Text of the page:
My Phrase For The Day Is Unintentional Entomophagy

tuna_penne_arrabiataSo before you enjoy a romantic meal with your sweetheart, you check out the behind the scenes state of the play by looking at a Scores on the Doors star rating. Then when you arrive, what do you choose to eat? Well, how about eating what was meant to be excluded from behind the scenes… Let me explain.

I did some basic internet research regarding people eating what we here at Rentokil consider pests, I felt pretty queasy. Seriously, some of the recipes/menu ideas and images I found on-line were terrible! However, I also learnt a new word for the day: Entomophagy, (not to be confused with entomology) in other words insect eating. Gotta be honest, if I ever personally had to do something similar to a Bushtucker trial, I would probably give up at the first hurdle. However, even scarier is the phrase coined as Unintentional entomophagy, i.e. since it is impossible to totally remove all pests from food, you are probably eating them anyway.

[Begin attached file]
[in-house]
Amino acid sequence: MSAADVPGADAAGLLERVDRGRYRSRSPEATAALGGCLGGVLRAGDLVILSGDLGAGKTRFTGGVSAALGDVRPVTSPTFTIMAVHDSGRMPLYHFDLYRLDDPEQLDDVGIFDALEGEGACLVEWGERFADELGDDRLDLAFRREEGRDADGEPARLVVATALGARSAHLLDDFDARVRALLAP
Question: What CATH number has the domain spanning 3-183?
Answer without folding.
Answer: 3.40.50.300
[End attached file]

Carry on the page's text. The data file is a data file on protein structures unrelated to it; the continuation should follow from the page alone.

Woodlouse fish sauce anyone? Apparently it is “equal, if not distinctly superior, to shrimp”. Vincent M. Holt extolled the virtues of this and various other insects in his book written way back in 1885 entitled “Why Not Eat Insects?” which is still available to purchase on Amazon today.

insect_food_stallHow about chocolate covered crickets? Yummy. Or the old favourite Insect Crunch? Its like peanut brittle except this particular crunch is down to the addition of stuff like grasshoppers, ants and crickets. Wasp/bee larvae? Popular in China/Japan either deep fried and seasoned with salt and pepper, or cooked with soy sauce and sugar. They’re crunchy and the locals eat them like popcorn. I’m in the sweet popcorn (rather than savoury) camp, but sweet bee larvae, nah, I’ll pass.

Now, how about a bit of extra protein after your delicious insect starter? How about fried rats? These are eaten in Vietnam or Thailand deep fried and seasoned with all kinds of delicious spices. The spices may be delicious, but it would be eating rats that I have the problem with. Spiders, snakes and scorpions also make the grade for Creepy Crawly Cooking – but I’m not entirely sure its for me. Call me a wimp but no thanks…

If you are desperate (!) to do some Entamophogy, visit the World Museum Liverpool website, or see the Entamophogy website recipes but if you want to learn more about what we call pests, look at our pest guides. Happy cooking!

  1. Brig
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